Hello! I am 12 years old. I have been doing agricultural technology for about a year now. This summer, in an old extension at the dacha, I equipped a small laboratory. I work so far only for relatives and friends of the family. I want to give my passion a serious continuation. To do this, I need a lot of information, analysis techniques, research, samples. I treat plants and I need such information about the analyzes, according to which I could do these analyzes and understand what is happening with the plant. I am interested in different methods, tricks, techniques. I will be happy to share mine. This year I am going to grow cucumbers in the open ground. I really need a good harvest. Please share your tricks, methods, techniques, samples. In general, all that is listed in the above. Please advise something about cucumbers. I did not understand a bit where the answer to my question will be here, so just in case I will leave mail ([email protected]). You can send your questions to this mail, I will try to help. I was at one lecture, I read many books by O. Ganichkina. I am writing out the magazine “My beautiful summer residence”. There is little information about the analyzes. I will share the seeds of marigolds and rose hips.
Of course, at home, it is easier and better to conduct a microbiological analysis of the soil. For example, in order to determine the soil's need for nitrogen fertilizers, it is necessary to take spent film, X-ray film or photo paper. Then put the strips in the soil in the top layer in three or four places under the shovel vertically, firmly pressing against the wall of the soil. Leave for five days. Then remove, dip three times in a bucket of water. If everything is washed away from the film and it becomes transparent, then the soil microorganisms are highly active. On the surface of the film is a layer of gelatin, and this is protein. When decomposed by microorganisms, ammonia is formed. During its interaction with other soil compounds, ammonium forms of nitrogen accessible to plants are formed. And where the gelatin on the film has completely decomposed, the film has become colorless, there is no need to make nitrogen fertilizers. If you have not discolored at all and remained black, then you need to add a full dose of nitrogen, about one tablespoon per square meter.If the bleaching is partial, you need to add a dose of nitrogen fertilizers according to the degree of decomposition: 70-50-30 percent.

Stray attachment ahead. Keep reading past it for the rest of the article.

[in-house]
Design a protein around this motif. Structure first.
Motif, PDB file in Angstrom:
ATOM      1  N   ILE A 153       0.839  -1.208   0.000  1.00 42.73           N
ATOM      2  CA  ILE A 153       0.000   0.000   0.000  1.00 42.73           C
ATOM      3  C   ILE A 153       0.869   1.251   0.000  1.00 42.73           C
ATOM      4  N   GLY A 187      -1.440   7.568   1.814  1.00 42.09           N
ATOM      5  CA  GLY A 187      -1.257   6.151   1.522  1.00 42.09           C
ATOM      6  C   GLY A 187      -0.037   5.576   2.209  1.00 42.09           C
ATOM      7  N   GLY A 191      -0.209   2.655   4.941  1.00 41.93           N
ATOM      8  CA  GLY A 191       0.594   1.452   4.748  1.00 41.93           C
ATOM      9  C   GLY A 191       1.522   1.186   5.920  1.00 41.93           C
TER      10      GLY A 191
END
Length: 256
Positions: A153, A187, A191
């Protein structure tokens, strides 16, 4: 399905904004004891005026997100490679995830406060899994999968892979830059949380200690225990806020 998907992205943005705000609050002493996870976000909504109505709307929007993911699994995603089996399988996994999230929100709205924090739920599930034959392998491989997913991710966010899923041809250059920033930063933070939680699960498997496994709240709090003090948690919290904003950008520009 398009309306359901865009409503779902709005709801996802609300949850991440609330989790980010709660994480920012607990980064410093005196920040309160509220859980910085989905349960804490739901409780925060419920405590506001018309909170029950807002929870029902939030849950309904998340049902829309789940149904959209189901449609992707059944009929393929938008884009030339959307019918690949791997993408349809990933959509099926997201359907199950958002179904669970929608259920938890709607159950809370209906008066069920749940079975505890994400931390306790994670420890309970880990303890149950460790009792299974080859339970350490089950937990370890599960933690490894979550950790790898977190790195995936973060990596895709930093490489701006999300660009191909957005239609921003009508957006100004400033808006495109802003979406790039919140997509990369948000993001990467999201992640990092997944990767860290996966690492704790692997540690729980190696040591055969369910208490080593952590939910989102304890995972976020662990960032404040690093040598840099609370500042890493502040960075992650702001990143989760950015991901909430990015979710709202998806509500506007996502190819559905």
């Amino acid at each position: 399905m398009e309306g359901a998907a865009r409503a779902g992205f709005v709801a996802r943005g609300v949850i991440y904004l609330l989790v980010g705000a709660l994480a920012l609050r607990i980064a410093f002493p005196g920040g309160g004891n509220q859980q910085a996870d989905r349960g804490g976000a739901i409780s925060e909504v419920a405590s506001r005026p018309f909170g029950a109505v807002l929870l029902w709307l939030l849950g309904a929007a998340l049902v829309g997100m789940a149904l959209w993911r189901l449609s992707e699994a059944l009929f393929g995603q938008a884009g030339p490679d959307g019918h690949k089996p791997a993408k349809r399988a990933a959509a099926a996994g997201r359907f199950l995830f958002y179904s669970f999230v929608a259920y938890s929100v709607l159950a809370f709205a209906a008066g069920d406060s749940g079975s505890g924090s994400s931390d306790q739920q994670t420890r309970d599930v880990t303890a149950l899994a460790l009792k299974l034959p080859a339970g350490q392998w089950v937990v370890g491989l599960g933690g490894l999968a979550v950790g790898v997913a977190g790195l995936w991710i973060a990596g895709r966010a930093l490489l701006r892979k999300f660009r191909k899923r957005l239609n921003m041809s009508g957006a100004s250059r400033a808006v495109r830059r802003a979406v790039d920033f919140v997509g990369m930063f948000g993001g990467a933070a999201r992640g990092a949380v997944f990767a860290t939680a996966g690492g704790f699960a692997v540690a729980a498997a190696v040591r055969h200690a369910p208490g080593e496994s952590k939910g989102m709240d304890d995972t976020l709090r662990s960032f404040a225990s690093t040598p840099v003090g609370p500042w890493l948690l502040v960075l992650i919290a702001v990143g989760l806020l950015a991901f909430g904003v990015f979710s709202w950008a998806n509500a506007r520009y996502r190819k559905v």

And to determine the soil's need for phosphate fertilizers, you need to put a plate with a white cotton cloth or filter paper. Do it the same way as described above. Remember to press the fabric or filter firmly against the soil cut. Leave the fabric in the soil for 30 days. Then remove, clean from the soil and see the degree of decomposition. If the film that stood next to it for five days became discolored, and the fabric or filter paper decomposed by 75-100 percent, then the soil does not need nitrogen or phosphorus fertilizers.